By Kelly Seal
Let’s face it; we all prefer to be the dumper rather than the dumpee. When a boyfriend broke up with me, I fell into a pit of despair, holing up in bed, refusing to answer my phone, closing myself off from the world. I grieved. When I was the one in the driver’s seat calling for the end of the relationship, my heart had already healed; I was able to move on because I’d already had that emotional separation.
But there were two men in particular who left me completely heart-broken, crying inconsolably, and making emergency appointments with my therapist. They didn’t just break up with me. These were men who’d left me for another woman. I was devastated because I’d not only loved these men, I’d trusted them. Each time, I thought our relationship would last.
Being left for another woman brought on a range of emotions in me from sadness and confusion to anger…even rage. I thought we were happy and in love, but as it turns out, he was looking for love outside of our relationship. For him, I wasn’t enough. It hurt more the second time around because I thought I’d learned my lesson. I thought I knew better than to trust a man capable of cheating on me.
And the worst part? It wasn’t so much the cheating that devastated me, especially the second time around. I could have gotten over that had I known he truly loved me. It was the fact that he had chosen the other woman to be in his life. He’d chosen to leave me.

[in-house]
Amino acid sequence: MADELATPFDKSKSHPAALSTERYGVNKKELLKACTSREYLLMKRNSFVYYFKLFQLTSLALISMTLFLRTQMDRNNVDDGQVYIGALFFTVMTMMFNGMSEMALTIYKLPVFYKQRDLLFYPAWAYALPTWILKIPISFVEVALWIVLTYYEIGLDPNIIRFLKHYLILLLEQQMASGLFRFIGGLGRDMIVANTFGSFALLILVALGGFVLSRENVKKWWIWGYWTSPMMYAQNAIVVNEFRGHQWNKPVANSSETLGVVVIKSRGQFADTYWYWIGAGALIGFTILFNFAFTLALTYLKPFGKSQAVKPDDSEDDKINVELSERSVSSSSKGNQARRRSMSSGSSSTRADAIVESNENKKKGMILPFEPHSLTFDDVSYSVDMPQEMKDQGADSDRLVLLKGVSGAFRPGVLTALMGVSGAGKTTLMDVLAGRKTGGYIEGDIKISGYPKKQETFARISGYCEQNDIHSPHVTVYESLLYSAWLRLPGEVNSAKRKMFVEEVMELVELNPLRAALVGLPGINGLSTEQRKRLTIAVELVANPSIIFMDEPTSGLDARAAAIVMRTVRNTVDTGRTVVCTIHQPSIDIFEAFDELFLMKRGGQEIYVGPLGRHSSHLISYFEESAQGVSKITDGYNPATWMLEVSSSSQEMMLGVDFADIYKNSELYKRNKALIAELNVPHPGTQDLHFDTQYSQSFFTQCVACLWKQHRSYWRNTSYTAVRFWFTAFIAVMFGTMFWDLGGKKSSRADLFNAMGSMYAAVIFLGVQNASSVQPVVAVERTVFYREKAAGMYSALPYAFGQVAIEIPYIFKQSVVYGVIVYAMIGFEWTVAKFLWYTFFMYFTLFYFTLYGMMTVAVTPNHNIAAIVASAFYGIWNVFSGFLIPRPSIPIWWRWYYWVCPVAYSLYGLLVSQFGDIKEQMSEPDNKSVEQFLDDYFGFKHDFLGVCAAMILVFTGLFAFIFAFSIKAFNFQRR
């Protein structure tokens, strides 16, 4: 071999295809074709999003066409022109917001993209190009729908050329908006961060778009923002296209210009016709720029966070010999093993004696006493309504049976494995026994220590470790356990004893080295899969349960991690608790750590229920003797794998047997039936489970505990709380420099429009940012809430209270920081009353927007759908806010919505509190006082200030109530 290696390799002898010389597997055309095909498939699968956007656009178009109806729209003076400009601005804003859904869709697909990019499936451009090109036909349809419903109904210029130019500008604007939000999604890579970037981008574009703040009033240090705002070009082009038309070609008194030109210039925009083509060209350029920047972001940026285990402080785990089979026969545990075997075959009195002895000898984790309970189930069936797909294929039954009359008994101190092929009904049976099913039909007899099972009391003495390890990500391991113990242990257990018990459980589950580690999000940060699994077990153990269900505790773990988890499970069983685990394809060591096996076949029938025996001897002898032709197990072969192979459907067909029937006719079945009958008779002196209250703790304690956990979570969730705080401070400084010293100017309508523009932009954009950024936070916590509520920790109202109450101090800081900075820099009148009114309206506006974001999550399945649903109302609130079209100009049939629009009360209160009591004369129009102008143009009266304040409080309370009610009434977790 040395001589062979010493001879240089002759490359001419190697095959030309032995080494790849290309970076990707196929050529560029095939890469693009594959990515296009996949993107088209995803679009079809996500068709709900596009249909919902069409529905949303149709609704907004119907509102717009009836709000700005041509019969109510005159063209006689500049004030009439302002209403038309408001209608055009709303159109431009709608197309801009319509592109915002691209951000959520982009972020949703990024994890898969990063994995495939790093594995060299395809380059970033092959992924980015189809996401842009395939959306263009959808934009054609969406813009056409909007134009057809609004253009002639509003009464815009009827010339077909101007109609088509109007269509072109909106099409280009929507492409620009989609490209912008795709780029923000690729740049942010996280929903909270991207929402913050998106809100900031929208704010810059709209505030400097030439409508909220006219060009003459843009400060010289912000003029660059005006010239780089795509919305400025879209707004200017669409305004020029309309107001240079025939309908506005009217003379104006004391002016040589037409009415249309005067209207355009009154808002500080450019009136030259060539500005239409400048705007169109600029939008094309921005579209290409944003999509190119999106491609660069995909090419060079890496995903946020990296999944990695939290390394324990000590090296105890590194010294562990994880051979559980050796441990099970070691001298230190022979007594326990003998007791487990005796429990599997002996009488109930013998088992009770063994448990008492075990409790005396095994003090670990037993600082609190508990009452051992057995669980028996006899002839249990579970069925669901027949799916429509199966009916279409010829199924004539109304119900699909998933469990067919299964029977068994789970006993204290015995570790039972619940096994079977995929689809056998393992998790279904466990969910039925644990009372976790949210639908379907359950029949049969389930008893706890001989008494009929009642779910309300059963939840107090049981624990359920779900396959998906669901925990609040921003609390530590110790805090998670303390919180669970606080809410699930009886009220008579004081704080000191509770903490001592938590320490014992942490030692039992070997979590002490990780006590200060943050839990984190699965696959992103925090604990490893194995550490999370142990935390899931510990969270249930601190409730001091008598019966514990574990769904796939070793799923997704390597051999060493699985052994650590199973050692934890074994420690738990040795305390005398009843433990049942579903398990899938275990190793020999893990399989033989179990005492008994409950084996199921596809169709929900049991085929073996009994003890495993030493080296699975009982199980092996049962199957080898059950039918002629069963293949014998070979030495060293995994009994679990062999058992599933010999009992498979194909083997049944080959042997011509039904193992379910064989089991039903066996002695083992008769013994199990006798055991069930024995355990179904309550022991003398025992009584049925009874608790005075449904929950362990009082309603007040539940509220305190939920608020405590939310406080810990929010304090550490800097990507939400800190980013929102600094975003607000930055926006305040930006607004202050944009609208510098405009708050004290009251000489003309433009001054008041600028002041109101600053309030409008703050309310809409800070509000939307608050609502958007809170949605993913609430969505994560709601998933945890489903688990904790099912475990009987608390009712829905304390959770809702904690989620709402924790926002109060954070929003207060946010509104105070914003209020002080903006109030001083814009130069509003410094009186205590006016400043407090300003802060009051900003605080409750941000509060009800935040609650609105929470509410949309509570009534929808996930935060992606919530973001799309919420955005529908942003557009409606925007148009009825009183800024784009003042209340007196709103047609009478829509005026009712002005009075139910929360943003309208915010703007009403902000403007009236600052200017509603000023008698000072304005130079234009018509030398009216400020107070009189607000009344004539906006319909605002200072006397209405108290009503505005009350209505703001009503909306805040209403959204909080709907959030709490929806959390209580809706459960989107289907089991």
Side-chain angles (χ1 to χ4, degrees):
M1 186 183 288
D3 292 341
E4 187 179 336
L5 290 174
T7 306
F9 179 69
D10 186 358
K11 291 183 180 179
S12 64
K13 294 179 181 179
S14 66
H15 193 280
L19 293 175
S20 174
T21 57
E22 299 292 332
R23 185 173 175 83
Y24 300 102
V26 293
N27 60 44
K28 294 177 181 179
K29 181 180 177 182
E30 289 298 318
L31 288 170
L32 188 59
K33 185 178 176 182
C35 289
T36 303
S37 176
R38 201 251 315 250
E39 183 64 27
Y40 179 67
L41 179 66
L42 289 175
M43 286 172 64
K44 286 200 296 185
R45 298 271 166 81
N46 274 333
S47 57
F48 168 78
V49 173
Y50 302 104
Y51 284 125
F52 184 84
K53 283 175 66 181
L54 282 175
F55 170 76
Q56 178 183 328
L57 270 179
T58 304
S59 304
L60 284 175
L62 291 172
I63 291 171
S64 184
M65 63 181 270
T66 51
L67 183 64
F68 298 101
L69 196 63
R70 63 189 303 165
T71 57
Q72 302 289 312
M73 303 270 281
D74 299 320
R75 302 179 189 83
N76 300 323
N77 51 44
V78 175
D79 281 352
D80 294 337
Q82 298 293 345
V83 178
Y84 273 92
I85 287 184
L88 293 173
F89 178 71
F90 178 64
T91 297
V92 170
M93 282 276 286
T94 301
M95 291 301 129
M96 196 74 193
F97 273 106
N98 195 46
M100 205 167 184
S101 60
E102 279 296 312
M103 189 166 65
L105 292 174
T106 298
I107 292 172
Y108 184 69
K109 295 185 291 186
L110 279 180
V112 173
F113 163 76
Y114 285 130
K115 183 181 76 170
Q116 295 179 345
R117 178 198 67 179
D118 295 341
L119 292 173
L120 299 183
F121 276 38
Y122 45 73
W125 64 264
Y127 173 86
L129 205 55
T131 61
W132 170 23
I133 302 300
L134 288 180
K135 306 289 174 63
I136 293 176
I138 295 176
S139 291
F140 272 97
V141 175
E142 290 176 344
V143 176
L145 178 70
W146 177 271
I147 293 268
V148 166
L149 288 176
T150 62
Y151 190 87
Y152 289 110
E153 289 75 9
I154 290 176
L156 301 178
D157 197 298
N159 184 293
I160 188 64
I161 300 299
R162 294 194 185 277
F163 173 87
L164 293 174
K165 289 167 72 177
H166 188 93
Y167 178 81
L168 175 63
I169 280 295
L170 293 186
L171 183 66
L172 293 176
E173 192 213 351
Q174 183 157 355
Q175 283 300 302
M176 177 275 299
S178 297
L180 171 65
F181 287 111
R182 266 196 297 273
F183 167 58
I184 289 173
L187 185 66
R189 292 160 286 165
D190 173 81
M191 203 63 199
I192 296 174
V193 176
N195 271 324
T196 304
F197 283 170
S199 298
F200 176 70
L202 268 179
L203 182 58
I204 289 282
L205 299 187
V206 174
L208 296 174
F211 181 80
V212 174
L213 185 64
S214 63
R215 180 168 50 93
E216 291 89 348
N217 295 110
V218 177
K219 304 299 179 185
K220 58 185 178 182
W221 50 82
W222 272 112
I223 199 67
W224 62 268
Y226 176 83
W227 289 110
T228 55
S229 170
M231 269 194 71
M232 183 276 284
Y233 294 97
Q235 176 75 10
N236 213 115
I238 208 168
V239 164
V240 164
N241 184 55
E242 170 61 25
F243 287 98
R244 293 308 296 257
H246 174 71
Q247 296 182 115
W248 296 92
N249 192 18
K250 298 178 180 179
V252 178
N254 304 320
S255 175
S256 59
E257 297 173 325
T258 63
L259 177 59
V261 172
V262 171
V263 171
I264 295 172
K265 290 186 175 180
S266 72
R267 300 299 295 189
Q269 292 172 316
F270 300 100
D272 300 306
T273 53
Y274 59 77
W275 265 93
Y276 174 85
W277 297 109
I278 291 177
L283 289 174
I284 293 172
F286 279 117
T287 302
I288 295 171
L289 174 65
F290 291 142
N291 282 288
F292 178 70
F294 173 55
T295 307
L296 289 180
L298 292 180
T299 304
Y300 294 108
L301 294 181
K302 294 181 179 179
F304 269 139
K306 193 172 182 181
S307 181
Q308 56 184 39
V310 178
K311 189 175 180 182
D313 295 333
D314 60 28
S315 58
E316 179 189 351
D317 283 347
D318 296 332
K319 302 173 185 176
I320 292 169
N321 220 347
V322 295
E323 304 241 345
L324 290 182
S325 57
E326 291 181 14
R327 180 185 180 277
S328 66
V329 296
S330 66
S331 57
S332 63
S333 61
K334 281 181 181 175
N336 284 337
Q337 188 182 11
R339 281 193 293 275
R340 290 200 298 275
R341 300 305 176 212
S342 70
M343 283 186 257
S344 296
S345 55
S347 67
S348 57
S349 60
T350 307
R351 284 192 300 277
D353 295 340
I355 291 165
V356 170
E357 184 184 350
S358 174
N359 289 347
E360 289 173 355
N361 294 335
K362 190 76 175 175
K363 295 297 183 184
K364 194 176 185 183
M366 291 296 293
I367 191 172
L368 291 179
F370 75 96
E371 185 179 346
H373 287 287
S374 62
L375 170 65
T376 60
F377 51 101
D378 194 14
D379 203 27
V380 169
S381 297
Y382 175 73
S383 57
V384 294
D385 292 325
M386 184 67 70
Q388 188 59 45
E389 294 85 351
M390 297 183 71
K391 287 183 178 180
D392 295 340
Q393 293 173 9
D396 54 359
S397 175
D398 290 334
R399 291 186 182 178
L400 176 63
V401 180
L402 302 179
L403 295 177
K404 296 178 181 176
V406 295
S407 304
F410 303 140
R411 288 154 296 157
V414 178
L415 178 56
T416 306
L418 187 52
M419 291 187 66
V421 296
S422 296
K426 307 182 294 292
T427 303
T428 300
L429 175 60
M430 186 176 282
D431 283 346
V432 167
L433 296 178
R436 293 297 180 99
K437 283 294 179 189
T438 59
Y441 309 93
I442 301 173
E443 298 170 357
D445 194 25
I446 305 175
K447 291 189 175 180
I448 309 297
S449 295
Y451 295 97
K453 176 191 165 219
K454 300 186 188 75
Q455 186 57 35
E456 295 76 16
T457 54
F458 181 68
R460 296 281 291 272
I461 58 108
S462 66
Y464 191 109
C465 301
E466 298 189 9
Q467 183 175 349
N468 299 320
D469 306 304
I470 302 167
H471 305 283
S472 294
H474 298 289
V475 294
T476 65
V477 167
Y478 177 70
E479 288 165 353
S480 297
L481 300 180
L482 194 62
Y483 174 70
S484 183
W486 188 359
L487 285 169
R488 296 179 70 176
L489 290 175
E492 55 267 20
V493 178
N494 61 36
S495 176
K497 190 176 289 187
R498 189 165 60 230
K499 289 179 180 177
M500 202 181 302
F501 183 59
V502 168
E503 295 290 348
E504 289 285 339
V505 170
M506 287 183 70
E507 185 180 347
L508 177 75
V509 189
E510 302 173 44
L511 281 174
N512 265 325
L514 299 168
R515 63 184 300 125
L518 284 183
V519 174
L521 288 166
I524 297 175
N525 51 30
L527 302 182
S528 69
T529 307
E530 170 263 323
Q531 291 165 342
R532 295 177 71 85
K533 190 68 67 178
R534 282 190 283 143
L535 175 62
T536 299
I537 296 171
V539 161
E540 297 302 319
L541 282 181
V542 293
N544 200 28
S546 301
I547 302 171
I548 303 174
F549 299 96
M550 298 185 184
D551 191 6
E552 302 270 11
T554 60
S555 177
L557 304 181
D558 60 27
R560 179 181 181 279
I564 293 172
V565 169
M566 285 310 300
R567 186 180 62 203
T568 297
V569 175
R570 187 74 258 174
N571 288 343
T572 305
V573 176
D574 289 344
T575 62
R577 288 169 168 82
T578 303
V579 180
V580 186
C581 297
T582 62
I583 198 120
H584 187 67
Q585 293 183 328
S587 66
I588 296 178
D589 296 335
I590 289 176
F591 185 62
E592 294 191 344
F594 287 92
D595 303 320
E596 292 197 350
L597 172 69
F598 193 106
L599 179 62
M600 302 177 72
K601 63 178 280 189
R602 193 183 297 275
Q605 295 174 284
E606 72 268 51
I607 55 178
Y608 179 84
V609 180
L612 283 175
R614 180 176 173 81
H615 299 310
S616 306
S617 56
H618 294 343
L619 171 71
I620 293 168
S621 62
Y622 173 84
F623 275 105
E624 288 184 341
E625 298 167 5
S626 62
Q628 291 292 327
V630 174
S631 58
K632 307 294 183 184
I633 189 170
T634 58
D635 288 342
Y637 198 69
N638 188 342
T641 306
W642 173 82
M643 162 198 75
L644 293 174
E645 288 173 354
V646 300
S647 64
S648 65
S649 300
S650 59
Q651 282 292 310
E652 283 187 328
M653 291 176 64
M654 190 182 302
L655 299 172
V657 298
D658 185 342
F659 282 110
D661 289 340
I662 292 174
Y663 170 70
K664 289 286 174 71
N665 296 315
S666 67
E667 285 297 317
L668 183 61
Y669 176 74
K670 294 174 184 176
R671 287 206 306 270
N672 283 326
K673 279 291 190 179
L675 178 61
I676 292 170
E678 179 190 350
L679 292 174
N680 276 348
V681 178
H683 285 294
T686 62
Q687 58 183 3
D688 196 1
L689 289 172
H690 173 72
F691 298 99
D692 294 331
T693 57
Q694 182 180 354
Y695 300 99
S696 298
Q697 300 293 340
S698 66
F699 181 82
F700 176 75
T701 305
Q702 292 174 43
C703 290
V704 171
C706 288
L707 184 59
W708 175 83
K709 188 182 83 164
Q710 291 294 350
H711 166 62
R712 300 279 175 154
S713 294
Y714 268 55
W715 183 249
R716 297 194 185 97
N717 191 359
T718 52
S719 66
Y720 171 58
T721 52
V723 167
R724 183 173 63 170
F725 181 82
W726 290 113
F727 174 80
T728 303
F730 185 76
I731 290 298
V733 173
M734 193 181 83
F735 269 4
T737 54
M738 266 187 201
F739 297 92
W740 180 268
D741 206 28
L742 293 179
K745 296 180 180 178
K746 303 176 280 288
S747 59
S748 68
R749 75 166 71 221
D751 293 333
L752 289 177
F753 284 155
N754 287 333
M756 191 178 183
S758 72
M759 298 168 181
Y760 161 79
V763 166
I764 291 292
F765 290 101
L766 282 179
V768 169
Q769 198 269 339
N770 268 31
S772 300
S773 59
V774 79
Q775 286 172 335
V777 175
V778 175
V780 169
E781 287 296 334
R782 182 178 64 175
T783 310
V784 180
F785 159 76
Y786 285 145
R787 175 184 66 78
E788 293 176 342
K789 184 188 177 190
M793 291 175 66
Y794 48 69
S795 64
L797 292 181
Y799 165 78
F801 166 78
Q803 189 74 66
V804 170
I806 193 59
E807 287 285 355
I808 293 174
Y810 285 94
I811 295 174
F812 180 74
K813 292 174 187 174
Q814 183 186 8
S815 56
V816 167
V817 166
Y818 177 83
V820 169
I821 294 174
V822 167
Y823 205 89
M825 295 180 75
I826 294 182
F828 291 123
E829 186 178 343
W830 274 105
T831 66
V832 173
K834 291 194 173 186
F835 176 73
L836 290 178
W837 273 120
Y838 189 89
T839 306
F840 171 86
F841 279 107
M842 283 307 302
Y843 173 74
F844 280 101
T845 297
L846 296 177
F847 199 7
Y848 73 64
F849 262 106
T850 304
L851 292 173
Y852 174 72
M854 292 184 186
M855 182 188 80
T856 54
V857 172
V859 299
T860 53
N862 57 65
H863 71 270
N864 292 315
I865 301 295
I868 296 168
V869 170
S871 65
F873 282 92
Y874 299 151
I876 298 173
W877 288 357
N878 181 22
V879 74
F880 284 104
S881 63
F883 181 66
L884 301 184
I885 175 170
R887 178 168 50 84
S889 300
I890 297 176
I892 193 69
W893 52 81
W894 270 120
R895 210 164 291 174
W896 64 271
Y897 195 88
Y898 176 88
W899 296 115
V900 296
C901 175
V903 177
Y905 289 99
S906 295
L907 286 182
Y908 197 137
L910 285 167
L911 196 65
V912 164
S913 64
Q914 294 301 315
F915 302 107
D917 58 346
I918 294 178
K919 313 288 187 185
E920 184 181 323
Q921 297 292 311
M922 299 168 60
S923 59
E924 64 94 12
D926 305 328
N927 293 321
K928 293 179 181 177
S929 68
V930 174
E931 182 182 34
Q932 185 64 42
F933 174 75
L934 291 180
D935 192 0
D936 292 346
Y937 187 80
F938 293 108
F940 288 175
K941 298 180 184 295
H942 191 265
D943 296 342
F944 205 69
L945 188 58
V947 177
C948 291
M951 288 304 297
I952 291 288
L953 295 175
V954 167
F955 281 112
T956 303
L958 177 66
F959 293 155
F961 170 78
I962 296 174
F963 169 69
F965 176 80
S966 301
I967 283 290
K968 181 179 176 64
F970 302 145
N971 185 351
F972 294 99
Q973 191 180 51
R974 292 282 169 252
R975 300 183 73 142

I felt unlovable. Why wasn’t I enough?
Luckily, my two break-ups happened before Facebook was around, so I wasn’t tempted to look through his photos with the new girlfriend. Instead, I pictured her as I wanted, and without contradictory evidence: she was ugly, boring, mean-spirited and shallow. Maybe she even had a snaggletooth or hammer toes. I focused my energy on hating her, because there was something about her that my man wanted, maybe even needed, that I didn’t have.
As time went on, I healed. I could see the relationship for what it was, and recognized some of the warning signs I’d missed along the way. I even saw how I contributed to its demise. Because the thing is, when a relationship goes south, it’s the fault of both parties, not just one. Even though my boyfriend was the one who cheated on me, we both made mistakes, miscommunicated, and hurt each other. We’re often blind to our own faults and weaknesses, or we refuse to see them because it would mean facing our fears.
It took a long time, but after my broken heart healed, I decided to do things differently. I had to take an honest look at myself, and see what needed to change, and how I needed to communicate my feelings in the future. More importantly, I had to believe that I was indeed enough – for the right man. I was capable of loving and being loved. I wanted to create a healthy relationship for myself. I didn’t want to abandon my ability to trust a man. If I did, I would ensure finding yet another dishonest or emotionally unavailable boyfriend. I wanted better for myself. I deserved better.
Several dates and boyfriends later, I still hadn’t given up hope or my trust. I knew that I would find mutual, lasting love. And it paid off. My relationships did get progressively better. And my failed relationships helped me to see clearly when I met my husband – I knew that he was the real thing.